From night vision goggles, to infrared imagers, to remote controlled bomb disposal robots; we are increasingly employing electronic vision sensors to extend or enhance the limitations of our own visual sensory system. And while we can make these systems better in terms of the amount of power they use, how much information they capture, or how much information they can send to the viewer, it is also important to keep in mind the capabilities of the human who must receive this visual information from the sensor and display system. The best interface between our own visual sensory system and that of the electronic image sensor and display system is one where the least amount of visual information is sent to our own sensory system for processing, yet contains all the visual information that we need to understand the desired environment and to make decisions based on that information. In order to do this it is important to understand both the physiology of the visual sensory system and the psychophysics of how this information is used. We demonstrate this idea by researching and designing the components needed to optimize the compression of dynamic range information onto a display, for the sake of maximizing the amount of perceivable visual information shown to the human visual system.
An idea that is repeated in the construction of our optimal system is the link between designing, modeling, and validating both the design and the model through human testing. Compressing the dynamic range of images while trying to maximize the amount of visual information shown is a unique approach to dynamic range cornpression. So the first component needed to develop our optimal compression method is a way to measure the amount of visual information present in a compressed image. We achieve this by designing an Information Content Quality Assessment metric and we validate the metric using data from our psychophysical experiments [in preparation]. Our psychophysical experiments compare different dynamic range compression methods in terms of the amount of information that is visible after compression. Our quality assessment metric is unique in that it models visual perception using information theory rather than biology. To validate this approach, we extend our model so that it can predict human visual fixation. We compare the predictions of our model against human fixation data and the fixation predictions of similar state of the art fixation models. We show that the predictions of our model are at least corn-parable or better than the predictions of these fixation models. We also present preliminary results on applying the saliency model to identify potentially salient objects in out-of-focus locations due to a finite depth-of-field [in preparation]. The final component needed to implement the optimization is a way to combine the quality assessment model with the results of the psychophysical experiments to reach an optimal compression setting. We discuss how this could be implemented in the future using a generic dynamic range compression algorithm. We also present the design of a wide dynamic range image sensor and a mixed mode readout scheme to improve the accuracy of illumination measurements for each pixel over the entire dynamic range of the imager.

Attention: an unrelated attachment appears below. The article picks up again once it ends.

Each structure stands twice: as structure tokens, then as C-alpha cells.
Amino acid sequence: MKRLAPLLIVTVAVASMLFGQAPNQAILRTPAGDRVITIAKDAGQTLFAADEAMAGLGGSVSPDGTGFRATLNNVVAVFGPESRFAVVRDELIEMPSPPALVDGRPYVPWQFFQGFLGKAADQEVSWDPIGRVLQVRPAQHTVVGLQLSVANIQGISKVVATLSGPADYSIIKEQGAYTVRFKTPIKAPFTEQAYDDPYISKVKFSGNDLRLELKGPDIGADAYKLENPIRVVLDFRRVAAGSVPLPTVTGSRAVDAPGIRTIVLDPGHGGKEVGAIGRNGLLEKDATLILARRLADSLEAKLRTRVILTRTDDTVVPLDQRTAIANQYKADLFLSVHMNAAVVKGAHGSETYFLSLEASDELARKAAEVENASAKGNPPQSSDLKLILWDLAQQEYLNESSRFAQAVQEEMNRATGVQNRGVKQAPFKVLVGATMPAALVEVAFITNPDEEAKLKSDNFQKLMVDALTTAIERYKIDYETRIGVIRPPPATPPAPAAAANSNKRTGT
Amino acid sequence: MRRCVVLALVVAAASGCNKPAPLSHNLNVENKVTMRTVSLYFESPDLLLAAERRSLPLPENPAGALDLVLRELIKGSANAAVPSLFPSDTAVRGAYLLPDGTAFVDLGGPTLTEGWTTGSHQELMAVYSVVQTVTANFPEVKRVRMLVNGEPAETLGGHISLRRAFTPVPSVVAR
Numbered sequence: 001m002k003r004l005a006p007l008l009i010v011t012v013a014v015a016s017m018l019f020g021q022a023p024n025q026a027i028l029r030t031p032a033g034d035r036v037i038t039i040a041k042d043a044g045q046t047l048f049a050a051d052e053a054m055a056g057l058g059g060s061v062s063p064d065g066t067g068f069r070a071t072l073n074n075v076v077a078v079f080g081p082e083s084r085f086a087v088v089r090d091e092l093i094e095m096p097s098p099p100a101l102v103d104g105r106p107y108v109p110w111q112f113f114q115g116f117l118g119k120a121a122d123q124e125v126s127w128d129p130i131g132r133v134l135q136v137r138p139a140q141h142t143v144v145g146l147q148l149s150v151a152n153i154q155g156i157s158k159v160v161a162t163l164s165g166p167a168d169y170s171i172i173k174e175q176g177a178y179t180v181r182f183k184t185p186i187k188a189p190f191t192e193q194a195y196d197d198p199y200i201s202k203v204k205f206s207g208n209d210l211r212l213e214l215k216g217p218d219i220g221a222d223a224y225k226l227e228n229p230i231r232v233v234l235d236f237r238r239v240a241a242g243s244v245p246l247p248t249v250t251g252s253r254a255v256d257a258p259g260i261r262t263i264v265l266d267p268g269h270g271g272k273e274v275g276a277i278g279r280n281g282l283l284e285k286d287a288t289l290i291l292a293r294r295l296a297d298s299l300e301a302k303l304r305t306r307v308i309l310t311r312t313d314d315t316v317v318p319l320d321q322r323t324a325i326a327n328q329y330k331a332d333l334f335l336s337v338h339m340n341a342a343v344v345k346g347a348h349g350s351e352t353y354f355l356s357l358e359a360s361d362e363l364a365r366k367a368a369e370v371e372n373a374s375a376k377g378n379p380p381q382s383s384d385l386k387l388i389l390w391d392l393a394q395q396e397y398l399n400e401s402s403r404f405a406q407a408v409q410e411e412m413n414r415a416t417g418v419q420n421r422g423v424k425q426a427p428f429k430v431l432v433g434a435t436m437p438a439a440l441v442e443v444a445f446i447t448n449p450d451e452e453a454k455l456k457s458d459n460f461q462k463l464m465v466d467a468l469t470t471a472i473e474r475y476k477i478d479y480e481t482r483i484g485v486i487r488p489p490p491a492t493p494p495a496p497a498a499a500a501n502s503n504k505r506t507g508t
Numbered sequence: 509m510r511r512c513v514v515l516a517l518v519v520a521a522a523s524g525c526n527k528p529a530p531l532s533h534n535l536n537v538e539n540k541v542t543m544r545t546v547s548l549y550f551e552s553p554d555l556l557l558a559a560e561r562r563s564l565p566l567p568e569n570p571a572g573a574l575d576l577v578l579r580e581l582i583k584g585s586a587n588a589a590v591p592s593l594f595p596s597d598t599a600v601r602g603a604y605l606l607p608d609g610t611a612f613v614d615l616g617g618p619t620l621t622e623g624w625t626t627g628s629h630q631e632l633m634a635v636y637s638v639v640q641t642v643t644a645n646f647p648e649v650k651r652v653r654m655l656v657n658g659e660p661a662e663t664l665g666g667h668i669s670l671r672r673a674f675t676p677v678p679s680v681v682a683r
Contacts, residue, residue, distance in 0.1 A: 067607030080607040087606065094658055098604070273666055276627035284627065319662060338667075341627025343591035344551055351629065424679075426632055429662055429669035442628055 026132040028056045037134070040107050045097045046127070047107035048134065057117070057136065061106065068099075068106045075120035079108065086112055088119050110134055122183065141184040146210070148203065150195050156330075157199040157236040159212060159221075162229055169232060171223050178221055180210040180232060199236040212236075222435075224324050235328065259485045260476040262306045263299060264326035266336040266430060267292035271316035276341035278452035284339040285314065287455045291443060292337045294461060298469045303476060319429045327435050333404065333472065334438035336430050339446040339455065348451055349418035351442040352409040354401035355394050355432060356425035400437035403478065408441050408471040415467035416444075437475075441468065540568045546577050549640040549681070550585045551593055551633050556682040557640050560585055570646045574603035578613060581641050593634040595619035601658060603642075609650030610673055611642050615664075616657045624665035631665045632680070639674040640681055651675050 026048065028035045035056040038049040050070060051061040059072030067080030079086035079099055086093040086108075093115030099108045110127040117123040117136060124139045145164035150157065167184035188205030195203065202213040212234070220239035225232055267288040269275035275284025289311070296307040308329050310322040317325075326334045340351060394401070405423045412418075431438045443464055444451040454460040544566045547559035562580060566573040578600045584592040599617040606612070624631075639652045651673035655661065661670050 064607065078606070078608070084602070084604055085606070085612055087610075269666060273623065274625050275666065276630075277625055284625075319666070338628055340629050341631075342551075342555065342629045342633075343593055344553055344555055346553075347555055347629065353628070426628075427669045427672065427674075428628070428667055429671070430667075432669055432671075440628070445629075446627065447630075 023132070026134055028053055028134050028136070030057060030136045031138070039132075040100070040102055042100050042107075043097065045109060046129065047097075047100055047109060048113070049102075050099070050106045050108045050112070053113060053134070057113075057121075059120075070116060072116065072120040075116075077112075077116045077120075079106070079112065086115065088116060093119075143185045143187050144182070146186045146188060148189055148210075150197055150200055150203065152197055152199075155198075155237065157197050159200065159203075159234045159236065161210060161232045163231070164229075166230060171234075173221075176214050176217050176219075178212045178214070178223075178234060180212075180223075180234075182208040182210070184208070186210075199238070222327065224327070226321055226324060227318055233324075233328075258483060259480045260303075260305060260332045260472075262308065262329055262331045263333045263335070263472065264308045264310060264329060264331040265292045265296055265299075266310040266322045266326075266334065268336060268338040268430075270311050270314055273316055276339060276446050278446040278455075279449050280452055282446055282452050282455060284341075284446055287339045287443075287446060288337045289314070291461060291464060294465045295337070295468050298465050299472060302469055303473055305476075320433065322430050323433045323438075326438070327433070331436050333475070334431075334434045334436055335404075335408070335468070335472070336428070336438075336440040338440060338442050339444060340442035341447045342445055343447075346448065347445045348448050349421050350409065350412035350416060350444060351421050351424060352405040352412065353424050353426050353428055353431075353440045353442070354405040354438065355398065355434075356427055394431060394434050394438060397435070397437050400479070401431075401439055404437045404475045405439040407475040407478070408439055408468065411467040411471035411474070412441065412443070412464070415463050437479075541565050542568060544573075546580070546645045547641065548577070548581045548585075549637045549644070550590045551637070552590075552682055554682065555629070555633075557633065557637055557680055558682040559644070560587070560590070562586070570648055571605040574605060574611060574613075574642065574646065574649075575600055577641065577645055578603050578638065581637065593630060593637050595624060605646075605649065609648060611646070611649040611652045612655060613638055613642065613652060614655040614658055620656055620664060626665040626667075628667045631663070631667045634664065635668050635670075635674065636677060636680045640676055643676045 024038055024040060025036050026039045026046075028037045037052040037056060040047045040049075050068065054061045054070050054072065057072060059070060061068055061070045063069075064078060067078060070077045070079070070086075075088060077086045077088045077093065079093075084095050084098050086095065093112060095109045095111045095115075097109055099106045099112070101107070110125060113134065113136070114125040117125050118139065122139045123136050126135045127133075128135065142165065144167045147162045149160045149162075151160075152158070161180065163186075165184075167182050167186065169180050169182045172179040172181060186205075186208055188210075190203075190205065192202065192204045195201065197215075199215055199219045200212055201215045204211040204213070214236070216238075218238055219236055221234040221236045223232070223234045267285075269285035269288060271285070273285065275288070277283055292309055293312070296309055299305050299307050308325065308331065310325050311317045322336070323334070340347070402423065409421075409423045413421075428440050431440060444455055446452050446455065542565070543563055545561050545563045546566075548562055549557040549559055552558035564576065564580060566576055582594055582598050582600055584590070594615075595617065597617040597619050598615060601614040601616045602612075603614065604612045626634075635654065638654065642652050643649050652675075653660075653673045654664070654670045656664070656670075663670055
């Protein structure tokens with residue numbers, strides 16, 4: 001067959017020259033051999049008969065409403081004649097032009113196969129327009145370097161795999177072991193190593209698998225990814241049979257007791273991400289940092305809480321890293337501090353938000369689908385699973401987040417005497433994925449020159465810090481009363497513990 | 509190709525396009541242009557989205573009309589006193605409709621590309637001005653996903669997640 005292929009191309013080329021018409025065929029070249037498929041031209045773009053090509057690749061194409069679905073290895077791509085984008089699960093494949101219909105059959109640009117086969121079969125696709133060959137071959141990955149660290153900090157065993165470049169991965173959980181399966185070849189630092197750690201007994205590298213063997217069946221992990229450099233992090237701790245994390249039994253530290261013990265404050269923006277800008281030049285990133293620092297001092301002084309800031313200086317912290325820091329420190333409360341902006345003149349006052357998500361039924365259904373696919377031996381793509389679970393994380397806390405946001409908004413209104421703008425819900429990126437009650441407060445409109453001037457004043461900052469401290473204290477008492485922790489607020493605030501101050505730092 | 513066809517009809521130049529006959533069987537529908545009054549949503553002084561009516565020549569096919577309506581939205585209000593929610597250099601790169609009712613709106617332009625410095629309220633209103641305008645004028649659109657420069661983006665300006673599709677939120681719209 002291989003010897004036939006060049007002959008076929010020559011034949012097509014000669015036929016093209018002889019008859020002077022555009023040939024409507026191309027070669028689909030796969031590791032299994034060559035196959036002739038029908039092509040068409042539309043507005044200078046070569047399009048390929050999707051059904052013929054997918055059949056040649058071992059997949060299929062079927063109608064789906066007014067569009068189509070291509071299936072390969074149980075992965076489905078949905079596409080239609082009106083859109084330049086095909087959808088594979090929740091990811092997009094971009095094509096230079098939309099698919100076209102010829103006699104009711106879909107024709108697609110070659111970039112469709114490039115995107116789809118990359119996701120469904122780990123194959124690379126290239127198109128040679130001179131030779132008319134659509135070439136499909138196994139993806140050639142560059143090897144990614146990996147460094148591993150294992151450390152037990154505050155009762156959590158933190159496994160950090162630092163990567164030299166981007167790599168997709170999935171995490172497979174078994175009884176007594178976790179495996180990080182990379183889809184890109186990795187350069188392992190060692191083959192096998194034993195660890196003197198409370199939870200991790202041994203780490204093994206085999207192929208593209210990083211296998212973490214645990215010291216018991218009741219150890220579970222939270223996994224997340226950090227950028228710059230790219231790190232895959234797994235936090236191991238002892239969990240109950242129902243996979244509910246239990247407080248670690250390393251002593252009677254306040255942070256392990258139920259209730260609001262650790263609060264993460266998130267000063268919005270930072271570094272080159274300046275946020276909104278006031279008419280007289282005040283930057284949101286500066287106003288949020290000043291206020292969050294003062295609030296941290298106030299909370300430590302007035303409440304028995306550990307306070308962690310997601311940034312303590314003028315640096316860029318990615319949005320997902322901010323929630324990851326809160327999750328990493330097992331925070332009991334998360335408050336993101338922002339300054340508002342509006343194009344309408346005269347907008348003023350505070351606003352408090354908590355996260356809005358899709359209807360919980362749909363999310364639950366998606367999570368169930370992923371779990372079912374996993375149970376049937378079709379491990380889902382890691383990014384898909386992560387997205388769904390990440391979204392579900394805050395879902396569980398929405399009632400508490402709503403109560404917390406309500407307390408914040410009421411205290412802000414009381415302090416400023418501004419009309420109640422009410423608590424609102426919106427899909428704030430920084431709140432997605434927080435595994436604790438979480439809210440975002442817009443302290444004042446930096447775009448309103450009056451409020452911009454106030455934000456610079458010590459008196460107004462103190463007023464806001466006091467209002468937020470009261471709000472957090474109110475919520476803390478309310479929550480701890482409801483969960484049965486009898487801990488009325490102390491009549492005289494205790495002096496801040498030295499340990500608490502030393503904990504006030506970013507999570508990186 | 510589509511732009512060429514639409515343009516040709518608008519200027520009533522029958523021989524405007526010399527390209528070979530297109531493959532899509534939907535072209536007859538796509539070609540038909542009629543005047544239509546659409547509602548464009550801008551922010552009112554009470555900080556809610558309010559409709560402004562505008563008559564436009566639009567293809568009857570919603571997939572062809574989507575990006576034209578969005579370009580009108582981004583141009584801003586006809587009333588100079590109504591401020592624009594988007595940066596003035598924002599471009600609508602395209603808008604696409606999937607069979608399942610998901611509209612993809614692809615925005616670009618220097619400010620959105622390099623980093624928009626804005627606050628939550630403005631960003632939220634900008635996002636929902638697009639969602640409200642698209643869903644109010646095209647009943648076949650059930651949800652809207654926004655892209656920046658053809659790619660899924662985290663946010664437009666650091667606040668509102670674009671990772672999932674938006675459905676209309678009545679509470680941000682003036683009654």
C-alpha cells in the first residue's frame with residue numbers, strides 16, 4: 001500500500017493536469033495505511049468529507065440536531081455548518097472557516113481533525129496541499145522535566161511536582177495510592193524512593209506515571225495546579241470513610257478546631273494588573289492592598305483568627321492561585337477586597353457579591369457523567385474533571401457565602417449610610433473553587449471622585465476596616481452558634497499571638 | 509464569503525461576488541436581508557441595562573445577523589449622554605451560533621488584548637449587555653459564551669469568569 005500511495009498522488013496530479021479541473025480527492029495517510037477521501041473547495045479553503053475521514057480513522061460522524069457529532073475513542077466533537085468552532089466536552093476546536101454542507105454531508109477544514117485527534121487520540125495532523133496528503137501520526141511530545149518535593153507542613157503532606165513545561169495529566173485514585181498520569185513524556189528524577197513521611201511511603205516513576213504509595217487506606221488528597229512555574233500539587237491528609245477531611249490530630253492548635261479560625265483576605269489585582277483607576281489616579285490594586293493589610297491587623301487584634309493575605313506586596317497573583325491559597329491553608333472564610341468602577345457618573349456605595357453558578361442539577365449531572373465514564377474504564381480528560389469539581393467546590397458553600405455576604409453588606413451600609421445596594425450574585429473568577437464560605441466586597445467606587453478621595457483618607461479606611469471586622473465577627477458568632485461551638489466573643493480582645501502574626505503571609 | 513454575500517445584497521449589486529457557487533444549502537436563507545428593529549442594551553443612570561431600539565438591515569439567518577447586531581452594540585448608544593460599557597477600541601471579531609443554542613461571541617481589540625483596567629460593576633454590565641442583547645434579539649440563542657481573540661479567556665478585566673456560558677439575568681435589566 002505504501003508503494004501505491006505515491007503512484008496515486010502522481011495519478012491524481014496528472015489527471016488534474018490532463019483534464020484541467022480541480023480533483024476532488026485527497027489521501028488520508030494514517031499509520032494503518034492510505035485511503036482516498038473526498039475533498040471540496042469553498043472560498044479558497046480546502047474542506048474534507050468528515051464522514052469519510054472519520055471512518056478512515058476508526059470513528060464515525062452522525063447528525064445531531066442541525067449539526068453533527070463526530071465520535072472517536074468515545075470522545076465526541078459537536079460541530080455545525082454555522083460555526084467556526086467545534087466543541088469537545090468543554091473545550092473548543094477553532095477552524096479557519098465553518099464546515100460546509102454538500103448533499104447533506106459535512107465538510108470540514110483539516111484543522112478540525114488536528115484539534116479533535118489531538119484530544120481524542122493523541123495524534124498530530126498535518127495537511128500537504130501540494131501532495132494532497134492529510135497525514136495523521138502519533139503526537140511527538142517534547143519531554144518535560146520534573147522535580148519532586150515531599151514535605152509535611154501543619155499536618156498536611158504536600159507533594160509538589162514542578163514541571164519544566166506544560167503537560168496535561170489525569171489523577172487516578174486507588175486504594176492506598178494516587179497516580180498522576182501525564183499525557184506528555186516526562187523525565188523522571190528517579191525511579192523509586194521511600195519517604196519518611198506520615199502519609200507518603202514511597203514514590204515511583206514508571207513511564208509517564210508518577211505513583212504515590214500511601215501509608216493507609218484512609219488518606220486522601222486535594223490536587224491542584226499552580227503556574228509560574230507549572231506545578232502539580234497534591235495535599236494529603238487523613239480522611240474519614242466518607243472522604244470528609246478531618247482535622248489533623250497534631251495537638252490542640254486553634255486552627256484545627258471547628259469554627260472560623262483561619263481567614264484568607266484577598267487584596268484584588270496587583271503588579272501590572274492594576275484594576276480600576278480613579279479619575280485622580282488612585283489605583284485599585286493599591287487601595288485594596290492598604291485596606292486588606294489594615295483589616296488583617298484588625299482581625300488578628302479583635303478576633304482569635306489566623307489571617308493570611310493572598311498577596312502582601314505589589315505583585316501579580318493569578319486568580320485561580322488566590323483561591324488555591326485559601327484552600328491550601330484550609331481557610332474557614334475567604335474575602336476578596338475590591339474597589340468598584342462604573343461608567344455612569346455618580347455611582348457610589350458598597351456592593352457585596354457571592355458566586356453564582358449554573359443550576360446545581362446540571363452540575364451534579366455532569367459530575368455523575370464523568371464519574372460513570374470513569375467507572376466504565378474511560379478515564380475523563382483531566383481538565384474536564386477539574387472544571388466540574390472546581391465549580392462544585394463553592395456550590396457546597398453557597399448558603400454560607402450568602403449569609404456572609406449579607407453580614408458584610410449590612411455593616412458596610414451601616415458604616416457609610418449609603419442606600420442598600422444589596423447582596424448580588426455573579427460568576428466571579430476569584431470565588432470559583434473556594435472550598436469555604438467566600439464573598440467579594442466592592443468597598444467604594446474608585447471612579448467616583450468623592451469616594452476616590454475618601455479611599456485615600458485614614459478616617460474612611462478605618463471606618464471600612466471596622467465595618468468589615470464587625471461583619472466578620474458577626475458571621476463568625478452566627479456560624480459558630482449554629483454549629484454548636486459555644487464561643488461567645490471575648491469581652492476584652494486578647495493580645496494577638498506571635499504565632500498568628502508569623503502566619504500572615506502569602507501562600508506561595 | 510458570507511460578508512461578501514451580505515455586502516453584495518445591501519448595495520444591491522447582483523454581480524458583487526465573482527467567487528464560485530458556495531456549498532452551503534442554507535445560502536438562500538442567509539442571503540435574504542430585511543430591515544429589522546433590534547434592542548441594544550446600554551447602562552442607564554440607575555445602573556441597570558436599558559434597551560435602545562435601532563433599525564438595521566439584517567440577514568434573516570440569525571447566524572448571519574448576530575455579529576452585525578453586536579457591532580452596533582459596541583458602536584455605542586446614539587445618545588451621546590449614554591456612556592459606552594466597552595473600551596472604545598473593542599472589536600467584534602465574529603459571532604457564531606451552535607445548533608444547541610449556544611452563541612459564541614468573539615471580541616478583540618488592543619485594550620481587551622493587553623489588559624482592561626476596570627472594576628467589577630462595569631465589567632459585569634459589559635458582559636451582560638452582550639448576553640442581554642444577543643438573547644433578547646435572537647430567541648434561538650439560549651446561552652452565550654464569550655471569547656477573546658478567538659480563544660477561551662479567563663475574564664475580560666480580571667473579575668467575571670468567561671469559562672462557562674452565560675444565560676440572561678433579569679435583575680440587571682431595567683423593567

|Commitee:||Andreou, Andreas, Elhilali, Mounya|
|School:||The Johns Hopkins University|
|Department:||Electrical and Computer Engineering|
|School Location:||United States -- Maryland|
|Source:||DAI-B 74/12(E), Dissertation Abstracts International|
|Subjects:||Computer Engineering, Electrical engineering|
|Keywords:||Electronic vision sensors, Human vision, Information content capture, Visual information|
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